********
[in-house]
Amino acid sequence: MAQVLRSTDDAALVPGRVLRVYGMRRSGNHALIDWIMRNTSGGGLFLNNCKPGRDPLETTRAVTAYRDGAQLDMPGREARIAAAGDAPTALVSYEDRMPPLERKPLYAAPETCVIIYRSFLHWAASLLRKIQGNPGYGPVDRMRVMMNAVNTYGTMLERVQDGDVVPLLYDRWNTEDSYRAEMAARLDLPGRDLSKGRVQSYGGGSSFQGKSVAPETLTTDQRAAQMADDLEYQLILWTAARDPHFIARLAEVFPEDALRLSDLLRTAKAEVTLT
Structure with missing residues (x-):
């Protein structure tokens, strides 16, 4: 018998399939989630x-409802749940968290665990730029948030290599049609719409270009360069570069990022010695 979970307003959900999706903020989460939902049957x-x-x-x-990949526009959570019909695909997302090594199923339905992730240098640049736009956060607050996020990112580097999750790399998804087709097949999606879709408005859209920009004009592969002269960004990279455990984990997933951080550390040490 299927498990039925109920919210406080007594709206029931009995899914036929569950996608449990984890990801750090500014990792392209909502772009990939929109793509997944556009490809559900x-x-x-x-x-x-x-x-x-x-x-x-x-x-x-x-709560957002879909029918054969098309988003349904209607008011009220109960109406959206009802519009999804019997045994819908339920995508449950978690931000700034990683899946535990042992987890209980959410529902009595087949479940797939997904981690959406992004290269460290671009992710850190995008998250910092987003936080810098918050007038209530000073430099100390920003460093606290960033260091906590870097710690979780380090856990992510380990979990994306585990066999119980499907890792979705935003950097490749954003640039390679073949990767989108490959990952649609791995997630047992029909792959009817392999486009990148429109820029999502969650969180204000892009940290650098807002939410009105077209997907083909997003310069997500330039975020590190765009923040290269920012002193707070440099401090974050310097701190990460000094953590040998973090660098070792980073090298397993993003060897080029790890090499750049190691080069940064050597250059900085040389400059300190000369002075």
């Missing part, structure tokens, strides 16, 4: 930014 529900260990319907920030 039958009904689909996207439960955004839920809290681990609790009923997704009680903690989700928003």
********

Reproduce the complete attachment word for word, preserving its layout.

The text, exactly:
[in-house]
Amino acid sequence: MAQVLRSTDDAALVPGRVLRVYGMRRSGNHALIDWIMRNTSGGGLFLNNCKPGRDPLETTRAVTAYRDGAQLDMPGREARIAAAGDAPTALVSYEDRMPPLERKPLYAAPETCVIIYRSFLHWAASLLRKIQGNPGYGPVDRMRVMMNAVNTYGTMLERVQDGDVVPLLYDRWNTEDSYRAEMAARLDLPGRDLSKGRVQSYGGGSSFQGKSVAPETLTTDQRAAQMADDLEYQLILWTAARDPHFIARLAEVFPEDALRLSDLLRTAKAEVTLT
Structure with missing residues (x-):
């Protein structure tokens, strides 16, 4: 018998399939989630x-409802749940968290665990730029948030290599049609719409270009360069570069990022010695 979970307003959900999706903020989460939902049957x-x-x-x-990949526009959570019909695909997302090594199923339905992730240098640049736009956060607050996020990112580097999750790399998804087709097949999606879709408005859209920009004009592969002269960004990279455990984990997933951080550390040490 299927498990039925109920919210406080007594709206029931009995899914036929569950996608449990984890990801750090500014990792392209909502772009990939929109793509997944556009490809559900x-x-x-x-x-x-x-x-x-x-x-x-x-x-x-x-709560957002879909029918054969098309988003349904209607008011009220109960109406959206009802519009999804019997045994819908339920995508449950978690931000700034990683899946535990042992987890209980959410529902009595087949479940797939997904981690959406992004290269460290671009992710850190995008998250910092987003936080810098918050007038209530000073430099100390920003460093606290960033260091906590870097710690979780380090856990992510380990979990994306585990066999119980499907890792979705935003950097490749954003640039390679073949990767989108490959990952649609791995997630047992029909792959009817392999486009990148429109820029999502969650969180204000892009940290650098807002939410009105077209997907083909997003310069997500330039975020590190765009923040290269920012002193707070440099401090974050310097701190990460000094953590040998973090660098070792980073090298397993993003060897080029790890090499750049190691080069940064050597250059900085040389400059300190000369002075």
């Missing part, structure tokens, strides 16, 4: 930014 529900260990319907920030 039958009904689909996207439960955004839920809290681990609790009923997704009680903690989700928003």